When Germany conquered France in 1940, the Vichy government began persecuting Jews. Rescue, for some, came from an unexpected source: the Muslim rector of the Great Mosque of Paris. Si Kaddour Benghabrit came from a prominent Andalusian family in Tlemcen, Algeria. According to a recent documentary, Algerian partisans brought at least 100 Jews to the mosque for hiding. It seems that Si Kaddour Benghabrit ordered the mosque’s administrative personnel to give the Jews certificates of Muslim identity, which they used to evade arrest and deportation.


Iranian Help in France

Abdol Hossein Sardari (second from right), an Iranian diplomat, at the Paris Embassy, 1942

In 1940, shortly after the Nazi invasion of France, Abdol Hossein Sardari took over the Iranian consulate in Paris. Three years later, he watched as Nazis began rounding up thousands of foreign Jews and deporting them to Auschwitz via the Drancy transit camp in northeast Paris. Sardari moved quickly. A lawyer as well as a diplomat, he argued that Iranian Jews were not blood relatives of European Jews. They were, rather, as much a part of the Aryan race as were Persians and Sartes (Uzbeks). SS officer Adolf Eichmann, in charge of transporting European Jews to the death camps, grew frustrated. But, while Nazi racial experts were trying to decide whether Iranian Jews were truly Aryan or not, Sardari issued Iranian passports for the Iranian-Jewish community. He saved over 2,000 lives.


Albania: A Righteous Nation

Prior to World War II, 200 Jews lived in Albania; at the end of the war there were 2,000. Jews from all over Europe fled to Albania to save their lives. Thanks to the Albanian Muslims’ honor code, known as besa, meaning “to keep the promise,” Jews were protected as if they were family members.

In 1943, having fled the German invasion of Yugoslavia, Mosa and Gabriela Mandil and their two children were living in Tirana, Albania. When the Germans occupied Albania, aware that thousands of Jewish refugees were living in the country, they intensified their searches. The Mandils knew they needed to find a hiding place quickly. Sixteen-year-old Refik Veseli, an apprentice in the photography studio where Mosa worked, asked his parents to hide the Mandil family. From November 1943 until liberation in October 1944, the Veseli family sheltered the Mandils in their small home in the mountain village of Kruja. While their parents remained hidden in the Veseli’s barn, their children, dressed as Muslim villagers, roamed the village freely.

A relative of the Mandils, Joseph Ben-Yosif, was working in the clothing store of Refik’s brother Hamid. Hamid, inspired by Refik’s rescue of the Mandils, created a plan with his youngest brother Xhemal to smuggle Joseph and his family to safety at the Veseli family’s home in the mountains.

In a post-war interview, Jose Aboulker, the hero of the largely Jewish resistance of Algiers, praised the city’s Arab population and their refusal to cooperate with the Germans. He recalls: “When Jewish goods were put up for public auction, an instruction went around the mosques: Our brothers are suffering misfortune. Do not take their goods.”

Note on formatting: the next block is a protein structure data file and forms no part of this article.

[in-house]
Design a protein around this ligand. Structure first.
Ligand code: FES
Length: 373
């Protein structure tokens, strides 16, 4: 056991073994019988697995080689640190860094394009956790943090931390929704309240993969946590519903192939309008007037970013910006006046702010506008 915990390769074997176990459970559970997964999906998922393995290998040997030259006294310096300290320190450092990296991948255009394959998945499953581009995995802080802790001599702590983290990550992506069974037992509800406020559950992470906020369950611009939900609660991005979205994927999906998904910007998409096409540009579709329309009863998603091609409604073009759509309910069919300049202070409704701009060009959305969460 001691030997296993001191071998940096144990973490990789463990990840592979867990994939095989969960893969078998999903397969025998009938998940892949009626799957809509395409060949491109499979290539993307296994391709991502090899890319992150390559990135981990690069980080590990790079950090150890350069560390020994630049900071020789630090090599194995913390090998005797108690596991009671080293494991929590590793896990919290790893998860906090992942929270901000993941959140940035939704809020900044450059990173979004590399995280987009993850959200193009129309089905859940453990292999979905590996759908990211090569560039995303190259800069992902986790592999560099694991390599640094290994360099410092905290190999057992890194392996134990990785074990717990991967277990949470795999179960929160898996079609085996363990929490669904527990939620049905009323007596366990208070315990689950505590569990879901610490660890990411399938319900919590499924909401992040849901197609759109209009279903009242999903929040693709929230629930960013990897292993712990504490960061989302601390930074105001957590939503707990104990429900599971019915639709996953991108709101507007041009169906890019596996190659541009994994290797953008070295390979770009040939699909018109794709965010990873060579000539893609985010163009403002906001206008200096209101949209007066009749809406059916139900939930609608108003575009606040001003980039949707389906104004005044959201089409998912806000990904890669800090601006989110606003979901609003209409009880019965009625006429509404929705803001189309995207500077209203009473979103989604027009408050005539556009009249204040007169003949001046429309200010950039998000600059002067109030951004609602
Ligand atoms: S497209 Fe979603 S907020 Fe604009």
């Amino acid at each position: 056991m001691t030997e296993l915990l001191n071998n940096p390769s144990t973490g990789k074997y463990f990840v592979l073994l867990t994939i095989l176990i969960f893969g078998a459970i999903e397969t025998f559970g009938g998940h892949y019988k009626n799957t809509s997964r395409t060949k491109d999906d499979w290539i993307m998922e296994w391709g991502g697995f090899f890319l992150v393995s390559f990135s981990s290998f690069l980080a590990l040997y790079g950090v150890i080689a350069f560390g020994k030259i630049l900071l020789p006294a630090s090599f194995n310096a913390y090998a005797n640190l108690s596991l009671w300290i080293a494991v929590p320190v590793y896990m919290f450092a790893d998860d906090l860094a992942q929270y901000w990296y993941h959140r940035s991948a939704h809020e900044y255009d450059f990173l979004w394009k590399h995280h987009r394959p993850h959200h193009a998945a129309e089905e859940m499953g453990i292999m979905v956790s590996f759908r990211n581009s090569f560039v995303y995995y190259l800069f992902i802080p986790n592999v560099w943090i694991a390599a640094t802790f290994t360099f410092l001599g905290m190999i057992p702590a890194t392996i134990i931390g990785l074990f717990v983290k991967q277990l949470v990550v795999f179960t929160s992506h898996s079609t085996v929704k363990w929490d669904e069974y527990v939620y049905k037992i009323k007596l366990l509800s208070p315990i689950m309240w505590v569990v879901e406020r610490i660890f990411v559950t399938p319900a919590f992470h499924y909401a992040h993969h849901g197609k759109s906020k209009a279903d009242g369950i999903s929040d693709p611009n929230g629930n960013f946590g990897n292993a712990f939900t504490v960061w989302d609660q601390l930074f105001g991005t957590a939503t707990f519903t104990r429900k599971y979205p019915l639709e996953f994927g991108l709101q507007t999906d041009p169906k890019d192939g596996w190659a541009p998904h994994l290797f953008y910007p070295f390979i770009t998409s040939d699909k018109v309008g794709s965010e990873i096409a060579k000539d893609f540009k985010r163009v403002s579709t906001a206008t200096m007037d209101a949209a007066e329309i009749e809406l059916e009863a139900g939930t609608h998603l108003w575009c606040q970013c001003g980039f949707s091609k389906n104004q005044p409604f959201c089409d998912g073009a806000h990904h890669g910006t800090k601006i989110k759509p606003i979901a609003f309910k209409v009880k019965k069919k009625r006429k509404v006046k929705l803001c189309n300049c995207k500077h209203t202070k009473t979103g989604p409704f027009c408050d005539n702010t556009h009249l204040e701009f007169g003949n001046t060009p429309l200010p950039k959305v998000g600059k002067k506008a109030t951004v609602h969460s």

Infuriated at their inability to find any Jews, the German forces began bombing the countryside and offered a reward for any information leading to the capture of Jews. But no Albanian spoke. By the time the war ended, there were more Jews in Albania than when the war had begun.

 * * * * *

I am done with my little bit of research and I marvel. Not so very long ago Muslim Arabs were willing to risk their lives to save Jews. I am done with my research and I still tense when an Arab stands next to me on the street and we wait for the light to turn green. I wonder if and when that ability to see the human in the other will ever return.

* * * * *

The First Arab to be Honored as Righteous Among the Nations


Nearly 25,000 people from 44 countries have been honored as Righteous Among the Nations, including more than 500 Germans and a few dozen non-Arab Muslims. In September 2013, Mohamed Helmy, an Egyptian doctor, became the first Arab to be honored by Yad Vashem for rescuing Jews during the Holocaust.

Helmy, born in Khartoum, Sudan, moved to Germany to study medicine in 1922. In 1937, he was dismissed from his medical position in Berlin. As a Hamite (descendant of Ham, the son of Noah), Nazi racial theory forbade him from working in the public health system and from marrying his German fiancée.

When the deportations of the Jews from Berlin began in 1941, twenty-one-year-old Anna Boros (a family friend) needed a hiding place. Helmy brought her to a cabin he owned in the Berlin neighborhood of Buch, where she hid until the end of the war. Helmy also helped Anna’s mother, her stepfather, and her grandmother by providing for them and attending to their medical needs. He arranged for Anna’s grandmother to be hidden in the house of a German friend, Frieda Szturmann. For over a year, Szturmann hid the elderly lady and shared her food rations with her. After the war, Helmy was finally able to marry his fiancée.



  1. Richard Hurowitz, Los Angeles Times:

2 Among the Righteous: Lost Stories from the Holocaust’s Long Reach into Arab Lands, Marsilio, Venice, 2008, by Robert Satloff, executive director of the Washington Institute for Near East Policy.

3 Jewish Currents


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Rhona Lewis made aliyah more than 20 years ago from Kenya and is now living in Beit Shemesh. A writer and journalist who contributes frequently to The Jewish Press’s Olam Yehudi magazine, she divides her time between her family and her work.